The Origin & Birthplace Of Modern Coffee

The Origin & Birthplace Of Modern Coffee

Modern-day coffee has existed for centuries but its origins are complex and fascinating, especially if you’re visiting one of its birthplaces.

Like all good stories, the history of coffee begins with legends. In other words, the earliest origins of coffee remain shrouded in mystery. But it seems that the dark bitter beverage originated in what is today Ethiopia and spread through the Middle East before being adopted by the Europeans.

Today coffee varies significantly by region with many countries having a very different idea of what a standard coffee drink should look like. There are many different coffee beans in the world today, but many consider these beans to be the best in the world.

Emergence And Spread of Coffee

For an Old World food, coffee emerged only relatively recently. According to legend, the Oromo people of the Jimma region of Ethiopia were the first to use it and recognize the coffee plant’s energizing effects. There are a number of stories of how the Ethiopians came to know coffee.

  • Origin: Likely Modern Day Ethiopia

There is no direct evidence of the coffee plant’s use before the 15th century – or even where it was first cultivated. Some of the early evidence of coffee drinking comes from the early 16th century from the Sufi monasteries in Yemen. It then spread to Mecca and from there rapidly spread around the world.

  • First Evidence: The Earliest Evidence of Coffee Is From Yemen In the Early 16th Century
  • Origin Of The Word “Coffee”: From The Dutch “Koffie” Borrowed from Turkish “Kahve” In Turn Borrowed From Arabic “Qahwah”

Coffee has long been important in the Islamic world. It was also used with religious practices like helping people fast in the day and also to stay awake at night during the holy month of Ramadan.

  • Coffee Houses: Coffee Houses In The Islamic World Became Referred To as “Schools of the Wise”

Related: See Colombia In A Whole New Way By Booking A Stay On A Coffee Farm

Spread To Europe

Some Europeans called the new beverage coming to their shores “the bitter invention of Satan”. So great was the controversy that Pope Clement VIII himself personally intervened. Upon tasting the beverage he gave it papal approval.

  • Local European Clergy: Condemned Coffee When It arrived In Venice in 1615

The word “coffee” first entered English in 1582 and. fun fact, before England was a tea drinker, it was a coffee drinker.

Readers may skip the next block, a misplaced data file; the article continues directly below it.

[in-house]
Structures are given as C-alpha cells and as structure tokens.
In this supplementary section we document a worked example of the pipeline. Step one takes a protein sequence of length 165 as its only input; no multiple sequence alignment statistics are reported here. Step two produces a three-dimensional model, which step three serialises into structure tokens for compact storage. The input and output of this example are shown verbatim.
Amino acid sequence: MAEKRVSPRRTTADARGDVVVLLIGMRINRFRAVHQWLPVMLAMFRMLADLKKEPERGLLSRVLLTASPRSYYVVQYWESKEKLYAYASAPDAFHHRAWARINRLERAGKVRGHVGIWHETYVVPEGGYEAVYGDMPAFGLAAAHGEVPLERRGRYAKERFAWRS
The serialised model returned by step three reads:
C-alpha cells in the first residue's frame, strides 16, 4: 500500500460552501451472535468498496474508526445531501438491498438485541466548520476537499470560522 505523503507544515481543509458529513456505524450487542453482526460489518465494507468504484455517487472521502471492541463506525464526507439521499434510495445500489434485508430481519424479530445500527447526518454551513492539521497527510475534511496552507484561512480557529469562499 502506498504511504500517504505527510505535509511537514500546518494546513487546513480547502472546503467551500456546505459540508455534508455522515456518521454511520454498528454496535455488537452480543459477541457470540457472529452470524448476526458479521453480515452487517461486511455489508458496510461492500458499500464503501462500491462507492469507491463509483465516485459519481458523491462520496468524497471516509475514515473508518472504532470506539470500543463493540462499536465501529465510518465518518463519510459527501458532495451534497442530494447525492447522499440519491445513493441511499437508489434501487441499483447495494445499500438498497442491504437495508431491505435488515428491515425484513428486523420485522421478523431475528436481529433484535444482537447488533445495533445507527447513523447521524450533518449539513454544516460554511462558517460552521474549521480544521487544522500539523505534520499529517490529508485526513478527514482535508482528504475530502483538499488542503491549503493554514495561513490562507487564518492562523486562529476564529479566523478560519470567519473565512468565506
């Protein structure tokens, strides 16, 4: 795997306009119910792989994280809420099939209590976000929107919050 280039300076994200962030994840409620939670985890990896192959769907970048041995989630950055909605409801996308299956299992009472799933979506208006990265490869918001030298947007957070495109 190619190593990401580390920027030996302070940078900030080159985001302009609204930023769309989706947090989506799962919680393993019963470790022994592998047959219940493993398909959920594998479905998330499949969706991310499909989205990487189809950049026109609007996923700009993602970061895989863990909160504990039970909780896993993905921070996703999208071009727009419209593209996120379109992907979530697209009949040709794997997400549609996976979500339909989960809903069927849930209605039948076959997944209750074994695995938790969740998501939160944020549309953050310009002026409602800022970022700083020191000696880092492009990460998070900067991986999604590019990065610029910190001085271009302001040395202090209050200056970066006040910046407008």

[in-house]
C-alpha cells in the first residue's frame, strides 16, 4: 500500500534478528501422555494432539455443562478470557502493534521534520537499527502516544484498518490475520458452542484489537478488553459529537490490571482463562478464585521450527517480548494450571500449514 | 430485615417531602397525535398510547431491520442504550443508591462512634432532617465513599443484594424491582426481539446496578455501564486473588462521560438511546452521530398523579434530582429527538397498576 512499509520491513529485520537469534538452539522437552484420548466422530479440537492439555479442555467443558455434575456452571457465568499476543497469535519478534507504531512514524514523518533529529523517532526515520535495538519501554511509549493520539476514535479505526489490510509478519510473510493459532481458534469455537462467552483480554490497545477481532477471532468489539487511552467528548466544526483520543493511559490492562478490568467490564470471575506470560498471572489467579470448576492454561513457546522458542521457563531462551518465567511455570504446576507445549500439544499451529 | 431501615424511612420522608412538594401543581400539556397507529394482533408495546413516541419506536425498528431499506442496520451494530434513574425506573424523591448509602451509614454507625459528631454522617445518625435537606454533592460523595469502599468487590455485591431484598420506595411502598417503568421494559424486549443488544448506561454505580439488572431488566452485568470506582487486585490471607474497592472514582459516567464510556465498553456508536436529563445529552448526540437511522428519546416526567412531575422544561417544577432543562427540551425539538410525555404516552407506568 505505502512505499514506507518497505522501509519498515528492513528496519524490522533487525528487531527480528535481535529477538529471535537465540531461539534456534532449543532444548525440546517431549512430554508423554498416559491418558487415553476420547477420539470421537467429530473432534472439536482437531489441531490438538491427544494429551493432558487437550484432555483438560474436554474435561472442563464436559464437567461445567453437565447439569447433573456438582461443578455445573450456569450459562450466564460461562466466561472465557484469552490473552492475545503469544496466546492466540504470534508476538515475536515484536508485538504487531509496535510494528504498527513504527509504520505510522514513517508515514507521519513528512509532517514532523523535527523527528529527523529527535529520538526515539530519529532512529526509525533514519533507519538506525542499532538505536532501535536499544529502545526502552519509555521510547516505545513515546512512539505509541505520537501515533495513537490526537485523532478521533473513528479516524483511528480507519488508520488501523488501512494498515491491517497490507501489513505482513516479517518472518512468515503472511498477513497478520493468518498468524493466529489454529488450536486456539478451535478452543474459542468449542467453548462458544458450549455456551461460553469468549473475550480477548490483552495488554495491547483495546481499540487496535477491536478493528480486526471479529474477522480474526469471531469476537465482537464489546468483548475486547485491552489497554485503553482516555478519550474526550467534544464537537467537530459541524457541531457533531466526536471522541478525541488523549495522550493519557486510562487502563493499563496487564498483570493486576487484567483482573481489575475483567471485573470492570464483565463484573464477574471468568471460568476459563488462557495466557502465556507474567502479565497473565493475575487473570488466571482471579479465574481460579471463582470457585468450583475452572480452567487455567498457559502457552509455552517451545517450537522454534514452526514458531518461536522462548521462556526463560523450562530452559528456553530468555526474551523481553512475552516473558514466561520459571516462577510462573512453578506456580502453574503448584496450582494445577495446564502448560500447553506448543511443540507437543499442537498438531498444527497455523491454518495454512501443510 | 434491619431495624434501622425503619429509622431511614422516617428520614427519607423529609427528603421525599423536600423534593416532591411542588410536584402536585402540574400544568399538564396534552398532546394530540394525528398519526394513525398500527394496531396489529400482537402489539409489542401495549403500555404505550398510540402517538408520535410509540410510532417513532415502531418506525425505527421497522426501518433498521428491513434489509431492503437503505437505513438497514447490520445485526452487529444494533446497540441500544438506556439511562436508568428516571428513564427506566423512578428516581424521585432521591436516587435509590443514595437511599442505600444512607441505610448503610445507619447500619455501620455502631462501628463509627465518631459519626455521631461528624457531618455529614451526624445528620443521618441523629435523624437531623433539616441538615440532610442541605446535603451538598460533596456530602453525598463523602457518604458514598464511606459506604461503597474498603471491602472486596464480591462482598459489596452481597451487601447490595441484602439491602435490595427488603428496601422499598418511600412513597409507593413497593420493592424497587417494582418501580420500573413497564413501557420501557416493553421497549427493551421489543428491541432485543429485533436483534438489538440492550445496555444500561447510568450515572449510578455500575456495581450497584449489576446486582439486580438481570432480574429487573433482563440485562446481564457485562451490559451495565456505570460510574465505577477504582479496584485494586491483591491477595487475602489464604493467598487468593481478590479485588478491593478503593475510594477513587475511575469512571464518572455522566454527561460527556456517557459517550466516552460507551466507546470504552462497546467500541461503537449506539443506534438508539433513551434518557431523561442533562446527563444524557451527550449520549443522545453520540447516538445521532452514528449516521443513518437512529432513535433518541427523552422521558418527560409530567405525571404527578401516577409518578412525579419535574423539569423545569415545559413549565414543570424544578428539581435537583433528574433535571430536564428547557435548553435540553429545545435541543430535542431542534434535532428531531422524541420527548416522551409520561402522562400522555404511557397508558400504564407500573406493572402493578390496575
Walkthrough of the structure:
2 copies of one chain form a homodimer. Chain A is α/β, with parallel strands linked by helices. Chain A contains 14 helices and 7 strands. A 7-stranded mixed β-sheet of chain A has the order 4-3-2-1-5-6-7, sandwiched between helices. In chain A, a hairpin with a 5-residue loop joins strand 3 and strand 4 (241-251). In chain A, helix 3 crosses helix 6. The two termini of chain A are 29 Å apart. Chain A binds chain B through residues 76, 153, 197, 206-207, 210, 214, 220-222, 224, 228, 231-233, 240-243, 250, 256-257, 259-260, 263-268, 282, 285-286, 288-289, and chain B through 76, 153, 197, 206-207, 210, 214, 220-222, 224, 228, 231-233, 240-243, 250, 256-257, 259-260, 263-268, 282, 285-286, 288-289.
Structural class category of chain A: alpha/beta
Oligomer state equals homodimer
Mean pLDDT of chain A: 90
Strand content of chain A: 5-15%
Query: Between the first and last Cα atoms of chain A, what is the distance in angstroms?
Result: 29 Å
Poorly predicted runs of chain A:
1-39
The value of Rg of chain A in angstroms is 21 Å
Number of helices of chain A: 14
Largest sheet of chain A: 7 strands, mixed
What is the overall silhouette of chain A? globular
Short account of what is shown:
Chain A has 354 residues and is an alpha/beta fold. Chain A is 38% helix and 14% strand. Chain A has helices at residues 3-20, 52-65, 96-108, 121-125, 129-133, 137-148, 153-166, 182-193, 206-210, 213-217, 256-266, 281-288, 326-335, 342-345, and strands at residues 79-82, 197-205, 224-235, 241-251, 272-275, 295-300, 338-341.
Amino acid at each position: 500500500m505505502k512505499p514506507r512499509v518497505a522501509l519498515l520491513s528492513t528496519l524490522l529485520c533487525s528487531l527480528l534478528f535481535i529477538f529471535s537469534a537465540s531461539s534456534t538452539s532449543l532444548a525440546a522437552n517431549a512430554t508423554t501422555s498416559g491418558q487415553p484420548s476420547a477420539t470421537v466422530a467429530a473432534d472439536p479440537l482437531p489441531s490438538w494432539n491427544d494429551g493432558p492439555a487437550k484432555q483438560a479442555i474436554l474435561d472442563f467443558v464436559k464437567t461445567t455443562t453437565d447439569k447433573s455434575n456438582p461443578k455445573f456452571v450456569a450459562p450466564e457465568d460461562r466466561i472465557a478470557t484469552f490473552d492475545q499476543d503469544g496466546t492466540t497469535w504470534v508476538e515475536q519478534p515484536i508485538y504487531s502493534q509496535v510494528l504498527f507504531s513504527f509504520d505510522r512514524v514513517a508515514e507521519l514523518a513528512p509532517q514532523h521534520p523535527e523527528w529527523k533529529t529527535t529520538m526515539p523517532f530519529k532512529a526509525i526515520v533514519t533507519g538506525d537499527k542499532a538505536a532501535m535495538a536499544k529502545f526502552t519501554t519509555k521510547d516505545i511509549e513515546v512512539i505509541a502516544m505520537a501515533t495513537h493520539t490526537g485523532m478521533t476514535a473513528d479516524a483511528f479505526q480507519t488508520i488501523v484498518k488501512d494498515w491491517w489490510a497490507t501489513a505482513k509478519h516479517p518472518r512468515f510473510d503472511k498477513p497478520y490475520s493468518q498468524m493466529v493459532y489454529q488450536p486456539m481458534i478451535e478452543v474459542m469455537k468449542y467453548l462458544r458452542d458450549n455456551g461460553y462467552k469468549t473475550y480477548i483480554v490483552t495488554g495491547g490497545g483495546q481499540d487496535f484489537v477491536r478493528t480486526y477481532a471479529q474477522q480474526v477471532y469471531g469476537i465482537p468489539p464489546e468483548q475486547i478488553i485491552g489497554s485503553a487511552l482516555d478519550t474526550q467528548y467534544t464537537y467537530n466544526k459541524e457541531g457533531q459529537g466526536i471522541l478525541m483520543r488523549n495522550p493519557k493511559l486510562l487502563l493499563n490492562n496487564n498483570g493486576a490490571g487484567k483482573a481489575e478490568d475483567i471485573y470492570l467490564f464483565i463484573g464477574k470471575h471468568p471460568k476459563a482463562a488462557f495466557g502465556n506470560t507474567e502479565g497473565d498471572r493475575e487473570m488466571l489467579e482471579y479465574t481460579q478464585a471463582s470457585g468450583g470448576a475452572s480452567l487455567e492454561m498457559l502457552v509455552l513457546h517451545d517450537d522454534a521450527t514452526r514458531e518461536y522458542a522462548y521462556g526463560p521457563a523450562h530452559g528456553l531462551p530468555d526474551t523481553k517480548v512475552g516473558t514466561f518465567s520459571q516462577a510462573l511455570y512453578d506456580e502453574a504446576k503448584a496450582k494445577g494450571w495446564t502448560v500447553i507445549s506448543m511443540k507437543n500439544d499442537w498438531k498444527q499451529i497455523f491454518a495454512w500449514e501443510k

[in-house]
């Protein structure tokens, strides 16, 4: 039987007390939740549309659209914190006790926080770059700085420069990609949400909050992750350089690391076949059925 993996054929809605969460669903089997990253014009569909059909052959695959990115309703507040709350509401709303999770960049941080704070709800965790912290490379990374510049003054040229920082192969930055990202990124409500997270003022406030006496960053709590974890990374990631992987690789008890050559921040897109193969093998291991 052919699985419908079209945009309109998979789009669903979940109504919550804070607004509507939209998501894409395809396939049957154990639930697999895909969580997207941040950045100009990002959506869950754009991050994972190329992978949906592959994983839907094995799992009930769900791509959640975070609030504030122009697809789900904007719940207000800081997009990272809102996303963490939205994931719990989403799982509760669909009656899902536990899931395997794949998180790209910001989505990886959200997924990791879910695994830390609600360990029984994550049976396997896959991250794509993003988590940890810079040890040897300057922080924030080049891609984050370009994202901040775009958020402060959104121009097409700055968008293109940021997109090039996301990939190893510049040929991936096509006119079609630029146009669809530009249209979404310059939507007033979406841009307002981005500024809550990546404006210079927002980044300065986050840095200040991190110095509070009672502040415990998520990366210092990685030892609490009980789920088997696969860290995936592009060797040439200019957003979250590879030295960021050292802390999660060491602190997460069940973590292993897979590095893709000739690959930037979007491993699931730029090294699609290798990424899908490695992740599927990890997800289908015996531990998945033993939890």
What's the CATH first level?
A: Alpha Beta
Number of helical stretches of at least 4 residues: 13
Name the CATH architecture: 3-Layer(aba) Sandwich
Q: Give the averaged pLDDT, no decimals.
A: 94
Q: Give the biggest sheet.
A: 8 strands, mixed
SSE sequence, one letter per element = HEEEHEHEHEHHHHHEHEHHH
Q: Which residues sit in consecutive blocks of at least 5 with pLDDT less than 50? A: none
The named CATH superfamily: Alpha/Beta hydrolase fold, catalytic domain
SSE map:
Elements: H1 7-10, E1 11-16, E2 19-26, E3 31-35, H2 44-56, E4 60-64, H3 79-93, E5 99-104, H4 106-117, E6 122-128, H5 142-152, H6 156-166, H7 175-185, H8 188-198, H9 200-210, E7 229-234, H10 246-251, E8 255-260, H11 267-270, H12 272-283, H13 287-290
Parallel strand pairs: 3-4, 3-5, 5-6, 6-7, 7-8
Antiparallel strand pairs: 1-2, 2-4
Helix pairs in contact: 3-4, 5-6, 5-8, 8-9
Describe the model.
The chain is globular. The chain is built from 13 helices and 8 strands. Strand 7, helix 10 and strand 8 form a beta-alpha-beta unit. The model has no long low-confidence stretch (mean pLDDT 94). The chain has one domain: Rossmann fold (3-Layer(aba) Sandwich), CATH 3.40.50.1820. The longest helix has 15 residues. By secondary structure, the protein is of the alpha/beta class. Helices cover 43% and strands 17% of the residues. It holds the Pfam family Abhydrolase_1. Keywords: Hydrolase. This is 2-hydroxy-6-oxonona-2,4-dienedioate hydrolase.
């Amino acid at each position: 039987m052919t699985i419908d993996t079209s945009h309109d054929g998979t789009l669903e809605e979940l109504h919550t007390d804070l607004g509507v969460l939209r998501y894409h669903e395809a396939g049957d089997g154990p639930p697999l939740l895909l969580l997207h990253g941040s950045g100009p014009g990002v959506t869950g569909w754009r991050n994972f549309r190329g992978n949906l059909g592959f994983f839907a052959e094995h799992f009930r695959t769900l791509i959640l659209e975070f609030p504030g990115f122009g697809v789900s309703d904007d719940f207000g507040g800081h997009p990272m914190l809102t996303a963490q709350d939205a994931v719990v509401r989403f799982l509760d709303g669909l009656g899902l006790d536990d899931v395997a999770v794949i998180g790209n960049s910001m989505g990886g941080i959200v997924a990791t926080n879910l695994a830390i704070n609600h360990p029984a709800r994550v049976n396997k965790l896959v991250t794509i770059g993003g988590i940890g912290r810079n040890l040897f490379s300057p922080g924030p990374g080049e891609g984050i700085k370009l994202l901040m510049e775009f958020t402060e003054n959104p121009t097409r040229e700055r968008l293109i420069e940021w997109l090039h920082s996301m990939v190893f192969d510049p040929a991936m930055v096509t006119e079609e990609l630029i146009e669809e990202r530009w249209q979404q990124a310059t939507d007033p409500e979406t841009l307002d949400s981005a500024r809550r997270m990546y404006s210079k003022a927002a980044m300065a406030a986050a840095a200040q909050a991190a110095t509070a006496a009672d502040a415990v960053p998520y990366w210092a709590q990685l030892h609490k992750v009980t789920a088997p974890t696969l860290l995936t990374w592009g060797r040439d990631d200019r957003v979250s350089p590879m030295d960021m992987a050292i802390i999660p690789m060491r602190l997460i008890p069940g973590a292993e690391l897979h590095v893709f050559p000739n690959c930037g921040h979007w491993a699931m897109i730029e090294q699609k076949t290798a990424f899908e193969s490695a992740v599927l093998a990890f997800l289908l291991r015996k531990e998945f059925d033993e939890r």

• The Switch: Coffee Replaced The European Breakfast Drinks of The time – Beer and Wine

The popularity of the beverage continued to boom all over the world and so soon coffee plantations emerged all around the world challenging the traditional source of the bean in Arabia. In the 17th century, the Dutch finally managed to get their hands on some seedlings and they proceeded to plant them in India – it failed. But not to be dissuaded they were successful to plant them on the island of Java in what is today Indonesia.

Related: These Are The Best Coffee Tours In Hawaii (And What You Can Expect When Taking One)

Arrival And Spread In The New World

Coffee was brought to the New World by the Dutch in the mid-1600s to New Amsterdam (that the English quickly took over and renamed New York). Soon coffee houses started to spring up – although tea continued to be the favored drink in the colonies. Or that was until 1773 when the colonists revolted against hefty taxes placed on tea by the British.

  • The Dutch: Introduced Coffee To The New World
  • Tea: Was The Favored American Drink Before The Revolution

The untold story of the Boston Tea Party was that it helped shift the American drinking preference over to coffee. According to the National Coffee Association USA, Thomas Jefferson would remark:

“Coffee – the favorite drink of the civilized world.”

The story of how the coffee plant got to Martinique is particularly bizarre. In 1714 the Mayor of Amsterdam presented a gift of a young coffee plant to King Louis XIV of France. He had it planted in his Royal Botanical Garden in Paris and then in 1723 a young naval officer managed to get a seedling from the King’s royal coffee plant.

  • Royal Gifts: Coffee Was Given As Royal Gifts In Europe
  • Caribean & Latin American Coffee: Descend From a Single Pirate-Surviving Plant

He then braved a saboteur who tried to destroy the seedling, horrendous weather, and (naturally) a pirate attack and managed to transport it safely to Martinique. A measure of how the plant thrived can be seen in that it is credited with the spread of over 18 million coffee trees on the Caribbean island over the course of the next 50 years.

Adding to that impressive progeny, the seedling is thought of as the parent of all coffee trees throughout the Caribbean, South, and Central America.

Today there are coffee shops on every corner and coffee tours the world over – like this private coffee plantation tour in Brazil.

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